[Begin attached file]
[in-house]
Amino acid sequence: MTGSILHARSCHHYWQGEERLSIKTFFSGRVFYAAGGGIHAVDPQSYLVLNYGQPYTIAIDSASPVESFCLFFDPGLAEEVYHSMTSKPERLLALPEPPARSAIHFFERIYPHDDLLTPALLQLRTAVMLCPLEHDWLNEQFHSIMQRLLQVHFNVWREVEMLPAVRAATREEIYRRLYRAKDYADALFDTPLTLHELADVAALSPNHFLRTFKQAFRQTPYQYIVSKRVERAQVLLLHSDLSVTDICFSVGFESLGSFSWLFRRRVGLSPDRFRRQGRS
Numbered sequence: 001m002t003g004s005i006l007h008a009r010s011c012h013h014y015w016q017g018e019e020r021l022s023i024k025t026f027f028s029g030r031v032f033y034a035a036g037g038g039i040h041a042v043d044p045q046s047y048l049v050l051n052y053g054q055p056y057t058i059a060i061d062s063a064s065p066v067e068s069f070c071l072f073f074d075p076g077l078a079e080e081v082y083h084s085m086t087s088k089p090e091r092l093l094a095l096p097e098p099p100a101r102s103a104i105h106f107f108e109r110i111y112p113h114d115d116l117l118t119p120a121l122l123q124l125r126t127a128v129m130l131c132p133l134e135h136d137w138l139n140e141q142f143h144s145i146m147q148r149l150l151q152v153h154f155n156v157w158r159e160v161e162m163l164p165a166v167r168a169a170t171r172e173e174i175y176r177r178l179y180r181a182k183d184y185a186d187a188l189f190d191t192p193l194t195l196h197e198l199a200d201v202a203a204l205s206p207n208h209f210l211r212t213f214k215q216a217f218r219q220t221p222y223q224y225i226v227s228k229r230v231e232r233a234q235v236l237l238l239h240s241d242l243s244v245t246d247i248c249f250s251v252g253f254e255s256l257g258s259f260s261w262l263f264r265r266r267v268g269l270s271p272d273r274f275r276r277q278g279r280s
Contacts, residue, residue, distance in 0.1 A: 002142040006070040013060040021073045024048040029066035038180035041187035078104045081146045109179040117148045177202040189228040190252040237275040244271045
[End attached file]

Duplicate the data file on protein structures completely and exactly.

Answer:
[in-house]
Amino acid sequence: MTGSILHARSCHHYWQGEERLSIKTFFSGRVFYAAGGGIHAVDPQSYLVLNYGQPYTIAIDSASPVESFCLFFDPGLAEEVYHSMTSKPERLLALPEPPARSAIHFFERIYPHDDLLTPALLQLRTAVMLCPLEHDWLNEQFHSIMQRLLQVHFNVWREVEMLPAVRAATREEIYRRLYRAKDYADALFDTPLTLHELADVAALSPNHFLRTFKQAFRQTPYQYIVSKRVERAQVLLLHSDLSVTDICFSVGFESLGSFSWLFRRRVGLSPDRFRRQGRS
Numbered sequence: 001m002t003g004s005i006l007h008a009r010s011c012h013h014y015w016q017g018e019e020r021l022s023i024k025t026f027f028s029g030r031v032f033y034a035a036g037g038g039i040h041a042v043d044p045q046s047y048l049v050l051n052y053g054q055p056y057t058i059a060i061d062s063a064s065p066v067e068s069f070c071l072f073f074d075p076g077l078a079e080e081v082y083h084s085m086t087s088k089p090e091r092l093l094a095l096p097e098p099p100a101r102s103a104i105h106f107f108e109r110i111y112p113h114d115d116l117l118t119p120a121l122l123q124l125r126t127a128v129m130l131c132p133l134e135h136d137w138l139n140e141q142f143h144s145i146m147q148r149l150l151q152v153h154f155n156v157w158r159e160v161e162m163l164p165a166v167r168a169a170t171r172e173e174i175y176r177r178l179y180r181a182k183d184y185a186d187a188l189f190d191t192p193l194t195l196h197e198l199a200d201v202a203a204l205s206p207n208h209f210l211r212t213f214k215q216a217f218r219q220t221p222y223q224y225i226v227s228k229r230v231e232r233a234q235v236l237l238l239h240s241d242l243s244v245t246d247i248c249f250s251v252g253f254e255s256l257g258s259f260s261w262l263f264r265r266r267v268g269l270s271p272d273r274f275r276r277q278g279r280s
Contacts, residue, residue, distance in 0.1 A: 002142040006070040013060040021073045024048040029066035038180035041187035078104045081146045109179040117148045177202040189228040190252040237275040244271045